The high street billionaire Sir Philip Green has sparked a legal battle with regulators over a probe into the audit of BHS’s accounts during the year before the now-collapsed chain was sold for £1.
Sky News can exclusively reveal that Sir Philip’s company Taveta Investments has made an urgent application for a judicial review aimed at forcing the Financial Reporting Council (FRC) to amend its report on the issue.
A hearing is understood to have been scheduled to take place at the High Court on Friday, but has been postponed after lawyers for the FRC requested more time to prepare their case, according to insiders.
Taveta, which is the parent company of Sir Philip’s Top Shop-owning Arcadia Group, is also thought to have applied separately for an injunction to prevent the watchdog from making public its detailed findings on the tycoon’s empire.
The development will raise questions about the content of the FRC’s final report on BHS and Taveta.
It is the latest in a series of legal fights arising from the demise in 2016 of BHS, which crashed into administration with the loss of about 11,000 jobs.
Earlier this week, the regulator confirmed a Sky News report that it was fining PricewaterhouseCoopers (PwC) £10m and imposing a lengthy ban and financial penalty on Steve Denison, the audit partner responsible for the BHS and Taveta accounts for the year to August 30, 2014.
The imposition of what effectively constitutes a lifetime ban for Mr Denison – who also chairs Yorkshire County Cricket Club – has sent shockwaves through the UK’s accounting profession.
Sources said that the FRC had intended to publish its full enforcement report simultaneously with the announcement of the sanctions but that that plan had been derailed by Taveta’s legal challenge.
The absence of a detailed document sparked fresh criticism of the under-fire FRC.
Image: The last BHS stores closed in August 2016
Frank Field, the Labour MP who chairs the work and pensions select committee, wrote to the watchdog’s chief executive, Stephen Haddrill, to demand an explanation.
“In the absence of any published explanation other than ‘misconduct’ for why the fines were levied, it is difficult to establish whether they were appropriate,” Mr Field asked.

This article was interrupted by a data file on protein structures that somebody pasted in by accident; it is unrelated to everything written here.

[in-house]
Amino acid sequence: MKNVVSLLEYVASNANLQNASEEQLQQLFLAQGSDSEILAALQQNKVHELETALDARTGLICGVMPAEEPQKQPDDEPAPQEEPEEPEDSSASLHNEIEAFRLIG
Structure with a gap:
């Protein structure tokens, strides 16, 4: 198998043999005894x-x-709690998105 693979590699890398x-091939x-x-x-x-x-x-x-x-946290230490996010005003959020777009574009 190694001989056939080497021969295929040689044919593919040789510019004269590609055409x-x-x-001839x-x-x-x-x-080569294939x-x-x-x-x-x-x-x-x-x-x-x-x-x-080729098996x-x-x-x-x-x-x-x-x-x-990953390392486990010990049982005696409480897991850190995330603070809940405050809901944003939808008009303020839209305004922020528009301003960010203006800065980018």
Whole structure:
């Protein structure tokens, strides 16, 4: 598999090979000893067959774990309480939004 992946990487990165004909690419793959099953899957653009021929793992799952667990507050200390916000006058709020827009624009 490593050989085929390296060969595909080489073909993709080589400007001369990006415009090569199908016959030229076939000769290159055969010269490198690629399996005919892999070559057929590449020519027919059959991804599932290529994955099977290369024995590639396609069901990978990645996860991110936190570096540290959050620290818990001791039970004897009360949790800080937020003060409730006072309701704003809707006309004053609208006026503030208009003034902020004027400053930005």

The FRC, which declined to comment on Friday, said in its enforcement announcement this week that both PwC and Mr Denison had admitted misconduct.
Mr Denison was among the witnesses called to give evidence to an inquiry by MPs into BHS’s collapse in 2016.
He told a hearing in May that year that there had been valid reasons for signing off BHS’s accounts with a “going concern” opinion shortly before Mr Chappell bought the retailer.
“The existing management team was trying to turn the business around, and had some success in driving costs down and reducing cash requirements; the cash requirements were lower than the losses shown; and there was a deal which would bring extra cash from the vendor and new cash from the purchaser.
“Compared with the plans, there was no material uncertainty.”
The record penalties came almost two years to the day since it launched its probe into the audit of BHS, which itself came two months after the department store chain’s collapse.
Sir Philip had sold BHS for £1 to Dominic Chappell, a three-times bankrupt, barely a year earlier.
The scale of the punishments for PwC and Mr Denison has raised questions about the FRC’s motives at a time when its future is being scrutinised as part of a Government-commissioned review.
Greg Clark, the business secretary, asked Sir John Kingman, the former Treasury mandarin, to examine whether the FRC is fit for purpose following growing disquiet about apparent conflicts of interest and the pace.
The regulator has responded by issuing a wave of announcements from its enforcement division, including a £4.5m fine against KPMG for its audit work on Quindell, the insurance software group.
It was unclear exactly what had prompted Sir Philip and his lawyers to mount a legal challenge to the FRC, although one City source suggested that they were challenging the accuracy of some of its content.
Such a move is rare, although not unprecedented, with Deloitte having sought a judicial review against the FRC in 2015 over its auditing of MG Rover.
Sir Philip agreed last year to pay up to £363m into BHS’s pension scheme to end the threat of action against him by the pensions watchdog, and has faced no further action from the Insolvency Service.
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Mr Chappell and other directors of his vehicle, Retail Acquisitions, are still mired in regulatory probes and legal proceedings brought by various bodies, including the Insolvency Service and Pensions Regulator.
A spokesman for Taveta also declined to comment on Friday.